Continue studying Islam, the Conflict, and Jesus. Drink from Jacob’s well. Visit the Samaritans. Visit Palestinian towns and Jewish settlements.
Hike the “Jesus Trail” and explore Jesus’ home turf. Sail the Sea of Galilee. Raft the Jordan River. Hike Roman ruins in the Golan Heights. Explore coastal cities like medieval Akko, Haifa, Tel Aviv and Jaffa.
Return home to study Judaism and Jesus. Swim the Dead Sea, scale the fortress of Masada, explore the ruins of Qumran, and see Dead Sea Scrolls. Ascend the Mount of Olives to celebrate Palm Sunday.
Traverse Israel’s desert to enter Jordan. Live with Bedouin in Wadi Rum. Hike Petra. Explore Byzantine Madaba, Roman Jerash, and modern Amman. Journey to Cairo to behold the pyramids, sail the Nile, and learn from Coptic Christians. Fly to Madrid.
No longer accepting application for Spring 2019
Satisfies GE Thinking Historically requirement.
A study of Jesus in the Gospels and in historical, cultural and physical contexts, both Jewish and Roman. What was distinctive about Jesus? What did he share with the Judaism of his day? How did his life and message embrace the marginal and provoke the establishment?
Satisfies GE Understanding Society requirement.
History and politics (2 units); field work, tours, site visits, briefings (2 units): A study of relations between Israelis and Palestinians, including a review of recent history, an assessment of current events, an introduction to Christian Zionism, and a consideration of prospects for a just and peaceful resolution to the conflict. Approved for Political Science elective credit.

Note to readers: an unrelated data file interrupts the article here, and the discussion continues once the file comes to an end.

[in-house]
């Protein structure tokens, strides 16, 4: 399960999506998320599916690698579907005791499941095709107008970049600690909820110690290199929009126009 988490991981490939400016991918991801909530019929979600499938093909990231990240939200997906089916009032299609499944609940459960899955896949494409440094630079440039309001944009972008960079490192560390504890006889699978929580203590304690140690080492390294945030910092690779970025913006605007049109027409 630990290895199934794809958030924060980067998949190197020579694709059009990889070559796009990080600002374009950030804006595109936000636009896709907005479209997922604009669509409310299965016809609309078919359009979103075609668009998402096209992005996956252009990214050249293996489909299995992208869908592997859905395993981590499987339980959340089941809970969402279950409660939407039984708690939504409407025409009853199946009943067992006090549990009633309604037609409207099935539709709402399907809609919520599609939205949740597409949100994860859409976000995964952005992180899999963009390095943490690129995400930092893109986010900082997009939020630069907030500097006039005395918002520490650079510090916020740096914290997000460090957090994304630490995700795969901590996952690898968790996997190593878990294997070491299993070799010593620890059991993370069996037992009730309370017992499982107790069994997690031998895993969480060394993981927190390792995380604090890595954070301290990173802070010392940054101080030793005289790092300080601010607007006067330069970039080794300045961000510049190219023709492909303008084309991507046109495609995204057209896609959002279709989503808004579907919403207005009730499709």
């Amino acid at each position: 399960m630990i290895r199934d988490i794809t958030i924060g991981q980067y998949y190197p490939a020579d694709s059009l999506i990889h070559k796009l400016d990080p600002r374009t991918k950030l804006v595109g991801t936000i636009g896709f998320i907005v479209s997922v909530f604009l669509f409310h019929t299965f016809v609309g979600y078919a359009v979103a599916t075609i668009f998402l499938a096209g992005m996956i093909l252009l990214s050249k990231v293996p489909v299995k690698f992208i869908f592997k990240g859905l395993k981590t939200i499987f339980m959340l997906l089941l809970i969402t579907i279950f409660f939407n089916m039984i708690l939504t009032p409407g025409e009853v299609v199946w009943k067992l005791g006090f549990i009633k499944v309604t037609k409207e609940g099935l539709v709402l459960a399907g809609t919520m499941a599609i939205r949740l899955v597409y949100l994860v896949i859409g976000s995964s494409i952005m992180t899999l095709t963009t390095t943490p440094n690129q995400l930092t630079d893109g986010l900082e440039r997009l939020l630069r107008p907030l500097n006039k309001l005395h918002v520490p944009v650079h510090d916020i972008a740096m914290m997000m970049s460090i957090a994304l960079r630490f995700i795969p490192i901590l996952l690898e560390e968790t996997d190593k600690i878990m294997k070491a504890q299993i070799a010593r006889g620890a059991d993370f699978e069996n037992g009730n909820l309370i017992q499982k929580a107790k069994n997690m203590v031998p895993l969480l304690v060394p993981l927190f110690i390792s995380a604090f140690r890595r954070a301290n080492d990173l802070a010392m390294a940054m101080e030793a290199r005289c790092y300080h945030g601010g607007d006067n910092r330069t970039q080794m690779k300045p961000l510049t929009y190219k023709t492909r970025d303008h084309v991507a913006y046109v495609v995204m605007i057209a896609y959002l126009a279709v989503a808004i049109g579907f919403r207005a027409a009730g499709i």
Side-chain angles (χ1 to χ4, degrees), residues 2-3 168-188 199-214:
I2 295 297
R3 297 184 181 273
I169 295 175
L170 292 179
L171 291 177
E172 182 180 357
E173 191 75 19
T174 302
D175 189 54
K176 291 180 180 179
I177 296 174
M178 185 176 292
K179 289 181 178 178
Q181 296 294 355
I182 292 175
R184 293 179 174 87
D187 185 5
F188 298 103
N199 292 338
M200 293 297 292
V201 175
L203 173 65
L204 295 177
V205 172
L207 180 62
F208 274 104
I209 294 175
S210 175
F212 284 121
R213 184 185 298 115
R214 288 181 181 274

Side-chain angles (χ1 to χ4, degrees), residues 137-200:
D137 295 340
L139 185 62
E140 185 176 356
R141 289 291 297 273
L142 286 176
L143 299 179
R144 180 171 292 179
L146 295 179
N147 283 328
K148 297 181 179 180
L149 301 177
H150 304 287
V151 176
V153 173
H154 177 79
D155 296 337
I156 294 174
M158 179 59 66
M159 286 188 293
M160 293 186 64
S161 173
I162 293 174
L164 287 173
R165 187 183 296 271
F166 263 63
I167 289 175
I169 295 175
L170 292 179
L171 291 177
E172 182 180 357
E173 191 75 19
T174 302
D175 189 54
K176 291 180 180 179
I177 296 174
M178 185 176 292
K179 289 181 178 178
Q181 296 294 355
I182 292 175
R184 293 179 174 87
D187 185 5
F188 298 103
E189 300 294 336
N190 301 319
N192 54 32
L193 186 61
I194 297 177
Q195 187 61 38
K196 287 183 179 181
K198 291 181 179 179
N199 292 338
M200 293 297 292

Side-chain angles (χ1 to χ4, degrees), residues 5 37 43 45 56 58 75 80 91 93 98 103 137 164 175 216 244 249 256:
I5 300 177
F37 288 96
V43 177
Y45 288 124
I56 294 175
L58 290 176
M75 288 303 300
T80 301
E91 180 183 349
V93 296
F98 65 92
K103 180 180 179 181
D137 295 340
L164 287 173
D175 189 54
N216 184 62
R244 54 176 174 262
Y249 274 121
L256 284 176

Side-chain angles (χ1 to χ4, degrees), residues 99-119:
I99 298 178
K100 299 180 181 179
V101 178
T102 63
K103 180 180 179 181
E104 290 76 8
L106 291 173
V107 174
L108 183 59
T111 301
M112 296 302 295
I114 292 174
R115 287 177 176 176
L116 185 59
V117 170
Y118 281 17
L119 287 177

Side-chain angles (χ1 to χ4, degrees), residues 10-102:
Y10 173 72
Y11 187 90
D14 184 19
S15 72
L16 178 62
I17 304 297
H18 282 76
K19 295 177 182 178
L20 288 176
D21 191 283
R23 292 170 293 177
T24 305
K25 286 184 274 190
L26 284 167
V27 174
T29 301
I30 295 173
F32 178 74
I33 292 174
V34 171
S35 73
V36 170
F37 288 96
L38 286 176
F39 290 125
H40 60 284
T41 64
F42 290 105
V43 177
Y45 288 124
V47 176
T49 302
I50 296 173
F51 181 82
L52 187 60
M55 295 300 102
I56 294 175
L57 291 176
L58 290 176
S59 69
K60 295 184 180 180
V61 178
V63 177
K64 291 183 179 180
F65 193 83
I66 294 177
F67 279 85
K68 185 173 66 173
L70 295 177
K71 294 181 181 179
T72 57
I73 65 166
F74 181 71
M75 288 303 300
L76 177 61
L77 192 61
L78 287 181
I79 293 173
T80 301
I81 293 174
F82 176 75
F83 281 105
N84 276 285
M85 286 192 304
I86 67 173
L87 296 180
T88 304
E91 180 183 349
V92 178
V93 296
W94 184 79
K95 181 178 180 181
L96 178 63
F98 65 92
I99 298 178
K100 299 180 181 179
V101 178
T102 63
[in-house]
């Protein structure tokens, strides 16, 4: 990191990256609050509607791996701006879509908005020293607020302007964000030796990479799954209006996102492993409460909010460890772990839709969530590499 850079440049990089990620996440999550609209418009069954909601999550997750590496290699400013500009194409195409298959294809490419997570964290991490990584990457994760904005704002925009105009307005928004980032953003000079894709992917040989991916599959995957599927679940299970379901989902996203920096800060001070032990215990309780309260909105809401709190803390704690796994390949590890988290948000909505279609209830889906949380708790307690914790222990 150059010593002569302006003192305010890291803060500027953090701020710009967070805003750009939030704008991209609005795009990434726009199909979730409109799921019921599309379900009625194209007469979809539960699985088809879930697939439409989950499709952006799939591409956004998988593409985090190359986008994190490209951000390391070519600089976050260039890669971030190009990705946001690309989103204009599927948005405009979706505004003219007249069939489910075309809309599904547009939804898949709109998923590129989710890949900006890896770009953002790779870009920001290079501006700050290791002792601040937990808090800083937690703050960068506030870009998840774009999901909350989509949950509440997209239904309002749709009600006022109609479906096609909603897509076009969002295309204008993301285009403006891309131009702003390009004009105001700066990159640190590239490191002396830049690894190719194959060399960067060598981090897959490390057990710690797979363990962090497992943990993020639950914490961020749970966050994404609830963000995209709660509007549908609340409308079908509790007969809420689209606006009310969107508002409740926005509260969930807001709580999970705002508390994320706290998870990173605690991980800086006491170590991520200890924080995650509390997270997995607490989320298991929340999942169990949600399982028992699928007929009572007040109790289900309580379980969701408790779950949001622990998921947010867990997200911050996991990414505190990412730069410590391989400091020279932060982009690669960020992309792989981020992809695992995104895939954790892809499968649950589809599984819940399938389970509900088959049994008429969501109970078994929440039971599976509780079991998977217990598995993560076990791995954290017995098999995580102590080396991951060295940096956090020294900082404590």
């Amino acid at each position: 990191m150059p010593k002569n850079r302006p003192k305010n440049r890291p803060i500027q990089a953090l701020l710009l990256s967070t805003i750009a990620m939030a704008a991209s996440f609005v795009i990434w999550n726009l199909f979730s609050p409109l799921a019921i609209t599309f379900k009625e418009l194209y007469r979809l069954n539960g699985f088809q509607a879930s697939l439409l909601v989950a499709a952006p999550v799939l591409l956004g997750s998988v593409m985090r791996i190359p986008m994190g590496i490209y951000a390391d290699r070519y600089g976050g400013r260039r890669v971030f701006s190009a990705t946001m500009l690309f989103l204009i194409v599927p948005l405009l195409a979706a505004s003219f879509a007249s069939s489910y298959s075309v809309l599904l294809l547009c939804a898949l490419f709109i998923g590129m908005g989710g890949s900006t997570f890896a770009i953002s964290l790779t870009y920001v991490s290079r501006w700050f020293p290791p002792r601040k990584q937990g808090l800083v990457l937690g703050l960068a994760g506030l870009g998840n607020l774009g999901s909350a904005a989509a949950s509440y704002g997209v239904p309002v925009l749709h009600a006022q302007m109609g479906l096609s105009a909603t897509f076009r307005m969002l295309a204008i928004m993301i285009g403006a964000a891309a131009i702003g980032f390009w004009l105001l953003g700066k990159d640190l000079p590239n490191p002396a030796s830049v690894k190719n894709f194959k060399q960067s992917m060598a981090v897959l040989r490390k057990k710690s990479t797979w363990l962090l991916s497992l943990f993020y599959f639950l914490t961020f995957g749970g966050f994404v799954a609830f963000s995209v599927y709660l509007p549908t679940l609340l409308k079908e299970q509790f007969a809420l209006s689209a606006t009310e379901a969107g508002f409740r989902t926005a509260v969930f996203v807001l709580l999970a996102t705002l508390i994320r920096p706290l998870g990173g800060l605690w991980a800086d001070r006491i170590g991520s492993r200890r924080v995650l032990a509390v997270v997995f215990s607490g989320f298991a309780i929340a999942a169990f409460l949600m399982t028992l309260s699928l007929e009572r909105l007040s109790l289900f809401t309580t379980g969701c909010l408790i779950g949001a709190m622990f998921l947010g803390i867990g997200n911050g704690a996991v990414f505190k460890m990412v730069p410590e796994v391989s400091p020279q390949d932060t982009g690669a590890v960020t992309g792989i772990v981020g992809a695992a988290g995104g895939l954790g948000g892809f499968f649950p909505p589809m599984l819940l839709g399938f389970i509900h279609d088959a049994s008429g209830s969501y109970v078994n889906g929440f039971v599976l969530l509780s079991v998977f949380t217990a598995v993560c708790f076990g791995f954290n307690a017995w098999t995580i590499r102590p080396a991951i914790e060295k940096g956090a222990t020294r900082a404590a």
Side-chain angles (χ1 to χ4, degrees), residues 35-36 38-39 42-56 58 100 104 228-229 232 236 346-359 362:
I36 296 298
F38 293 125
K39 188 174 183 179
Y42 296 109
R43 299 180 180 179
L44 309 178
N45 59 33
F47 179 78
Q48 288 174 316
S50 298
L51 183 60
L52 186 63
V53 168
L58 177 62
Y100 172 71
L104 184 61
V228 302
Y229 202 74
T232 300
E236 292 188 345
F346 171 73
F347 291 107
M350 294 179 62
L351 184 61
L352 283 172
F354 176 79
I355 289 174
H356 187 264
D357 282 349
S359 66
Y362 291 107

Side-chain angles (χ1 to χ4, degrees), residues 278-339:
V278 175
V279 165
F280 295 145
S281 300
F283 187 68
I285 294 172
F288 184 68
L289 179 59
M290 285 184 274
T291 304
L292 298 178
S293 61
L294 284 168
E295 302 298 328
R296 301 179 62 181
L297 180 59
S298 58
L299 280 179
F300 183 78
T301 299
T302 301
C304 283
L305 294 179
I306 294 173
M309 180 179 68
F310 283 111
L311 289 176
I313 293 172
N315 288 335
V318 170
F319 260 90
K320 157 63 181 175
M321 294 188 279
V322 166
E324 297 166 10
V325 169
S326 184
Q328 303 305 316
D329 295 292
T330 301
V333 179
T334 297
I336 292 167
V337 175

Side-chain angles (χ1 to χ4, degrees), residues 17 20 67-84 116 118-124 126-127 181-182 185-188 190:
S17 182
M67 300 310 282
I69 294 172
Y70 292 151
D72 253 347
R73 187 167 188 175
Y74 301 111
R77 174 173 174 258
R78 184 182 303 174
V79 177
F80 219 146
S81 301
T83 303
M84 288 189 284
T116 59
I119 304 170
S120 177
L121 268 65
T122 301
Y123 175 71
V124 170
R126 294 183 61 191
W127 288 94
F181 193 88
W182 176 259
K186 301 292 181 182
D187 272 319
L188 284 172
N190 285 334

Satisfies GE Thinking Globally requirement.
Focused study of two major world religions--Judaism and Islam--on location, exploring theology, traditions and contextual expression. Students encounter living expressions of these two religious traditions, and learn to show respect, fairness, and humility as they approach the subject matter and engage in discussion.
Satisfies GE Foreign Language requirement.
Basic skills in speaking and understanding colloquial Levantine Arabic, the dialect used throughout Palestine, Israel, Jordan, Syria and Lebanon. Focus on pronunciation, vocabulary, language structure, idioms, and grammar, as well as basic reading and writing in Arabic script.
Satisfies GE Physical Education Activity requirement.
Designed to foster a healthy lifestyle while abroad. Includes various outdoor activities (hiking, rafting, snorkeling, climbing), engagements with Palestinian and Israeli culture (e.g., traditional dance, trail conversations, basketball, soccer), and guidelines for healthy eating.